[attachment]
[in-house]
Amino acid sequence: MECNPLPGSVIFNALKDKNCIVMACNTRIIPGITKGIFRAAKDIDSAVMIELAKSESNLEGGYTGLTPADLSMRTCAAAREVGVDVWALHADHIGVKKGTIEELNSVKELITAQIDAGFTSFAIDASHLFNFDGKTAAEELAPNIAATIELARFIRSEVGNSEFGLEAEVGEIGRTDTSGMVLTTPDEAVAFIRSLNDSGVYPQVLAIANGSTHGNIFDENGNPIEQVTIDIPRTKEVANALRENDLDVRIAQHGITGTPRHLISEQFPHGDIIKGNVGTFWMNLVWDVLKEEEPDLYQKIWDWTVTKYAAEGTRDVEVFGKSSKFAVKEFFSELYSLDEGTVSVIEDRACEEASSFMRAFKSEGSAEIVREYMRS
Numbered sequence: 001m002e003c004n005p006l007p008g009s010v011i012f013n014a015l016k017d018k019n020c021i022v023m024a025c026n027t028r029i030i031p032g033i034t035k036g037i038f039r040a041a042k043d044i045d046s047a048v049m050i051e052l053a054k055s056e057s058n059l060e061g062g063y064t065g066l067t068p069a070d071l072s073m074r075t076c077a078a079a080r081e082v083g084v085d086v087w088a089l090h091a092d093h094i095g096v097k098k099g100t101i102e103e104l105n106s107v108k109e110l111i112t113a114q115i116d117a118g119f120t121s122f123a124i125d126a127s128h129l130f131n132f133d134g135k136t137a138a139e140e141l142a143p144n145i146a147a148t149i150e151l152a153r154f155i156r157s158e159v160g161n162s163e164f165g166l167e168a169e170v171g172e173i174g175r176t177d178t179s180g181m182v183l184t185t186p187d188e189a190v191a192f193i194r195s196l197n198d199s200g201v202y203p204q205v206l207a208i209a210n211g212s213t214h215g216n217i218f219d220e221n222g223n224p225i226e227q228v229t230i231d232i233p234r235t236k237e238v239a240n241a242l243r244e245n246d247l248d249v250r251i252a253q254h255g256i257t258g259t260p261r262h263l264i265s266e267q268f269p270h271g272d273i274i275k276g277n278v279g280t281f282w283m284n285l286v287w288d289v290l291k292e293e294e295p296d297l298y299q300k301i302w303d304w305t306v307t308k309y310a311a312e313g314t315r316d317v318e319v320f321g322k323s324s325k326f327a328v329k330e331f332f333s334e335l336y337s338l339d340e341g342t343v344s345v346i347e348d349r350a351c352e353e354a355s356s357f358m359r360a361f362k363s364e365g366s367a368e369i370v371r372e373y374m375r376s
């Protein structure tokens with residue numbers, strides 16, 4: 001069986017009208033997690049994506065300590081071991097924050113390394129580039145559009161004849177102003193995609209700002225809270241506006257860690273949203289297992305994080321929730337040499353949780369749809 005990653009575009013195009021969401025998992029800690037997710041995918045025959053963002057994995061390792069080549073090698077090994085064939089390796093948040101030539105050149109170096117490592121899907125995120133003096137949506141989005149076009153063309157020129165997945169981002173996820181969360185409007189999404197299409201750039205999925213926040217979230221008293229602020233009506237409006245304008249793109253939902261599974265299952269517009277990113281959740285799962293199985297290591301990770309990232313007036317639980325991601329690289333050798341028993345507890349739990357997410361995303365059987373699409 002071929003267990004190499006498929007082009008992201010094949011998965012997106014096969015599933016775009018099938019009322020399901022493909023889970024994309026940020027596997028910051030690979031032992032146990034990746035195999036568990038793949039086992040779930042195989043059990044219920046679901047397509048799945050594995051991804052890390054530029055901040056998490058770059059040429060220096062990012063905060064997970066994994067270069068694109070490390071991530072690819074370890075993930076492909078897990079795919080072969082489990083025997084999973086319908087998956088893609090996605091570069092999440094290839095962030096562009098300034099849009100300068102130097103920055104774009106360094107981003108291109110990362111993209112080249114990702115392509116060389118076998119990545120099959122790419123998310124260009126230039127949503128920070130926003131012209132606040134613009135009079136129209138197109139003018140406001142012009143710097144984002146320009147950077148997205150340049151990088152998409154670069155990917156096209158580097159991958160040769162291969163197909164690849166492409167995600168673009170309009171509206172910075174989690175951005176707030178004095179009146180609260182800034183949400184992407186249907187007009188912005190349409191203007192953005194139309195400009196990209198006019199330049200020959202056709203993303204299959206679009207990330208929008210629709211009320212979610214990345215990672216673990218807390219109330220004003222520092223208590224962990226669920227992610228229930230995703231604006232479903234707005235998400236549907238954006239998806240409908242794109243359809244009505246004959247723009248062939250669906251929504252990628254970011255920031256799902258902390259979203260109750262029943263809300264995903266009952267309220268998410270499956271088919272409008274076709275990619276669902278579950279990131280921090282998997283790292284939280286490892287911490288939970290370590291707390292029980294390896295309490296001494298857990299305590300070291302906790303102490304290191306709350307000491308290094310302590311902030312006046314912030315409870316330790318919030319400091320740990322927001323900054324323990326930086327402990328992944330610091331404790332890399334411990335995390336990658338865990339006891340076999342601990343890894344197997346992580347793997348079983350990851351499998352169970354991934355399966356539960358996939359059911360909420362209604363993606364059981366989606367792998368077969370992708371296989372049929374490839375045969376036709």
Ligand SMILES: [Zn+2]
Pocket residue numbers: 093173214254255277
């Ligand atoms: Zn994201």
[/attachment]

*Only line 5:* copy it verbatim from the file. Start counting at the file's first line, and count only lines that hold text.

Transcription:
Ligand SMILES: [Zn+2]